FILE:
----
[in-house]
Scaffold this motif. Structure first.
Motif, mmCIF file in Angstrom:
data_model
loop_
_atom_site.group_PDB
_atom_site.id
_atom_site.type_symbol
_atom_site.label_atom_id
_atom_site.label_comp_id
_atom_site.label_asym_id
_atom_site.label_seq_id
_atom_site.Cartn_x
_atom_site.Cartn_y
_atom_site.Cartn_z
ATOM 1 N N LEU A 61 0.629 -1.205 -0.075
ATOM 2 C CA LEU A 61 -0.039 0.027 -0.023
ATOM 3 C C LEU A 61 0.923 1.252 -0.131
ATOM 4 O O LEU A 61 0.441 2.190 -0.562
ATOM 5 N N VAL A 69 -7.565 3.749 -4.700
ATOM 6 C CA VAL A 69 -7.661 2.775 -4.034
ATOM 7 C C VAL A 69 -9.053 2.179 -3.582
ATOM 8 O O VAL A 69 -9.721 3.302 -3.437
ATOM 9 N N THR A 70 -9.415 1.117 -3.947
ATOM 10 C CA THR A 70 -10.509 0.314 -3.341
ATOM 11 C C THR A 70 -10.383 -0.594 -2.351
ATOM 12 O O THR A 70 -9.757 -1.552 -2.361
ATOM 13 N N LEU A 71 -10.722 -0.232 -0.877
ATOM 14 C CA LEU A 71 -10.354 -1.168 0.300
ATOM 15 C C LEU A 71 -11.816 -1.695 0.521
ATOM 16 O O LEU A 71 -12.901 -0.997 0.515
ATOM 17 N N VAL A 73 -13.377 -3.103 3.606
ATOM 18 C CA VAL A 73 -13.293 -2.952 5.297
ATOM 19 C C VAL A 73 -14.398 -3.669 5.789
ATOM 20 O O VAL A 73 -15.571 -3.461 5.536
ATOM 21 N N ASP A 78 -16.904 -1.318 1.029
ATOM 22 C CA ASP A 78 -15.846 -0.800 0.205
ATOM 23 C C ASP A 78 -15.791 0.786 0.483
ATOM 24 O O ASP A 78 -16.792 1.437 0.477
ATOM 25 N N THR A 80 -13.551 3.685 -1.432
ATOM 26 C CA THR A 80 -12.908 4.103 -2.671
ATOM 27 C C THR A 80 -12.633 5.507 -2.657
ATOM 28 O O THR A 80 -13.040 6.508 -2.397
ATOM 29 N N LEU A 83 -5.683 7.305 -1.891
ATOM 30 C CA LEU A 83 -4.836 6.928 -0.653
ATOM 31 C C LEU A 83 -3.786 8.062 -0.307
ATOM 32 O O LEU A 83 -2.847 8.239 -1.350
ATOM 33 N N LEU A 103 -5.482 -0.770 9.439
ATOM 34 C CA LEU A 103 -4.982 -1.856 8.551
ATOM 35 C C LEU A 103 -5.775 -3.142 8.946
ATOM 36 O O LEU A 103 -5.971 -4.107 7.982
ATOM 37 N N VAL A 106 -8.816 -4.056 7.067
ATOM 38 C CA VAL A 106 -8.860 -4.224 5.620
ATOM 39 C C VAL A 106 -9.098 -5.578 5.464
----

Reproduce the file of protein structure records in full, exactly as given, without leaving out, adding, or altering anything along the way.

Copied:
[in-house]
Scaffold this motif. Structure first.
Motif, mmCIF file in Angstrom:
data_model
loop_
_atom_site.group_PDB
_atom_site.id
_atom_site.type_symbol
_atom_site.label_atom_id
_atom_site.label_comp_id
_atom_site.label_asym_id
_atom_site.label_seq_id
_atom_site.Cartn_x
_atom_site.Cartn_y
_atom_site.Cartn_z
ATOM 1 N N LEU A 61 0.629 -1.205 -0.075
ATOM 2 C CA LEU A 61 -0.039 0.027 -0.023
ATOM 3 C C LEU A 61 0.923 1.252 -0.131
ATOM 4 O O LEU A 61 0.441 2.190 -0.562
ATOM 5 N N VAL A 69 -7.565 3.749 -4.700
ATOM 6 C CA VAL A 69 -7.661 2.775 -4.034
ATOM 7 C C VAL A 69 -9.053 2.179 -3.582
ATOM 8 O O VAL A 69 -9.721 3.302 -3.437
ATOM 9 N N THR A 70 -9.415 1.117 -3.947
ATOM 10 C CA THR A 70 -10.509 0.314 -3.341
ATOM 11 C C THR A 70 -10.383 -0.594 -2.351
ATOM 12 O O THR A 70 -9.757 -1.552 -2.361
ATOM 13 N N LEU A 71 -10.722 -0.232 -0.877
ATOM 14 C CA LEU A 71 -10.354 -1.168 0.300
ATOM 15 C C LEU A 71 -11.816 -1.695 0.521
ATOM 16 O O LEU A 71 -12.901 -0.997 0.515
ATOM 17 N N VAL A 73 -13.377 -3.103 3.606
ATOM 18 C CA VAL A 73 -13.293 -2.952 5.297
ATOM 19 C C VAL A 73 -14.398 -3.669 5.789
ATOM 20 O O VAL A 73 -15.571 -3.461 5.536
ATOM 21 N N ASP A 78 -16.904 -1.318 1.029
ATOM 22 C CA ASP A 78 -15.846 -0.800 0.205
ATOM 23 C C ASP A 78 -15.791 0.786 0.483
ATOM 24 O O ASP A 78 -16.792 1.437 0.477
ATOM 25 N N THR A 80 -13.551 3.685 -1.432
ATOM 26 C CA THR A 80 -12.908 4.103 -2.671
ATOM 27 C C THR A 80 -12.633 5.507 -2.657
ATOM 28 O O THR A 80 -13.040 6.508 -2.397
ATOM 29 N N LEU A 83 -5.683 7.305 -1.891
ATOM 30 C CA LEU A 83 -4.836 6.928 -0.653
ATOM 31 C C LEU A 83 -3.786 8.062 -0.307
ATOM 32 O O LEU A 83 -2.847 8.239 -1.350
ATOM 33 N N LEU A 103 -5.482 -0.770 9.439
ATOM 34 C CA LEU A 103 -4.982 -1.856 8.551
ATOM 35 C C LEU A 103 -5.775 -3.142 8.946
ATOM 36 O O LEU A 103 -5.971 -4.107 7.982
ATOM 37 N N VAL A 106 -8.816 -4.056 7.067
ATOM 38 C CA VAL A 106 -8.860 -4.224 5.620
ATOM 39 C C VAL A 106 -9.098 -5.578 5.464